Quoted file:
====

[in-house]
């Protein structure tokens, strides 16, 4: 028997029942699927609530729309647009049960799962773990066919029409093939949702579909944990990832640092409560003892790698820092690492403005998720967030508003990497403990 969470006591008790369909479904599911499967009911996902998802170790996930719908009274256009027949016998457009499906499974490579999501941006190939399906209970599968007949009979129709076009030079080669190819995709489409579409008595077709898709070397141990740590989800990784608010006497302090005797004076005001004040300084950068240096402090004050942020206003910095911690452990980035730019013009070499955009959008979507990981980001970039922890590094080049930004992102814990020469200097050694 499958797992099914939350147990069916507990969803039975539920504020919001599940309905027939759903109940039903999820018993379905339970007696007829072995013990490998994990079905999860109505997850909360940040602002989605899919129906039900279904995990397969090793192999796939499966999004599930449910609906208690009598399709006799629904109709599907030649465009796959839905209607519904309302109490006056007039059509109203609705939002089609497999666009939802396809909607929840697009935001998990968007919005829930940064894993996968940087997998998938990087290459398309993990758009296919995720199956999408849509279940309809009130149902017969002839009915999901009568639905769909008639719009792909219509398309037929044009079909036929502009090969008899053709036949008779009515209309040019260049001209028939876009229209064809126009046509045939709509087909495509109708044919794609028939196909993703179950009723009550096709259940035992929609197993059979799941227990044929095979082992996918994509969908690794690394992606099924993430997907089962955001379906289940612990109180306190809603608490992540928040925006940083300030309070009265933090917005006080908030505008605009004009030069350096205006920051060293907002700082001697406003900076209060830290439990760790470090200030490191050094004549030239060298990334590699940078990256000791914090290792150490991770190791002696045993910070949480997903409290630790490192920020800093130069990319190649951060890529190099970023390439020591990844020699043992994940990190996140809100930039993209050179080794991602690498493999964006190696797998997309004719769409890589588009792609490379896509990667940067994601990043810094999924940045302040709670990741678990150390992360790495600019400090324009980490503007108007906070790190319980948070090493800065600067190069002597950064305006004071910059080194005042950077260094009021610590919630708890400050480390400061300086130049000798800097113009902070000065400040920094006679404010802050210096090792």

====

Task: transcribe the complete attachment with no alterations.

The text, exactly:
[in-house]
């Protein structure tokens, strides 16, 4: 028997029942699927609530729309647009049960799962773990066919029409093939949702579909944990990832640092409560003892790698820092690492403005998720967030508003990497403990 969470006591008790369909479904599911499967009911996902998802170790996930719908009274256009027949016998457009499906499974490579999501941006190939399906209970599968007949009979129709076009030079080669190819995709489409579409008595077709898709070397141990740590989800990784608010006497302090005797004076005001004040300084950068240096402090004050942020206003910095911690452990980035730019013009070499955009959008979507990981980001970039922890590094080049930004992102814990020469200097050694 499958797992099914939350147990069916507990969803039975539920504020919001599940309905027939759903109940039903999820018993379905339970007696007829072995013990490998994990079905999860109505997850909360940040602002989605899919129906039900279904995990397969090793192999796939499966999004599930449910609906208690009598399709006799629904109709599907030649465009796959839905209607519904309302109490006056007039059509109203609705939002089609497999666009939802396809909607929840697009935001998990968007919005829930940064894993996968940087997998998938990087290459398309993990758009296919995720199956999408849509279940309809009130149902017969002839009915999901009568639905769909008639719009792909219509398309037929044009079909036929502009090969008899053709036949008779009515209309040019260049001209028939876009229209064809126009046509045939709509087909495509109708044919794609028939196909993703179950009723009550096709259940035992929609197993059979799941227990044929095979082992996918994509969908690794690394992606099924993430997907089962955001379906289940612990109180306190809603608490992540928040925006940083300030309070009265933090917005006080908030505008605009004009030069350096205006920051060293907002700082001697406003900076209060830290439990760790470090200030490191050094004549030239060298990334590699940078990256000791914090290792150490991770190791002696045993910070949480997903409290630790490192920020800093130069990319190649951060890529190099970023390439020591990844020699043992994940990190996140809100930039993209050179080794991602690498493999964006190696797998997309004719769409890589588009792609490379896509990667940067994601990043810094999924940045302040709670990741678990150390992360790495600019400090324009980490503007108007906070790190319980948070090493800065600067190069002597950064305006004071910059080194005042950077260094009021610590919630708890400050480390400061300086130049000798800097113009902070000065400040920094006679404010802050210096090792």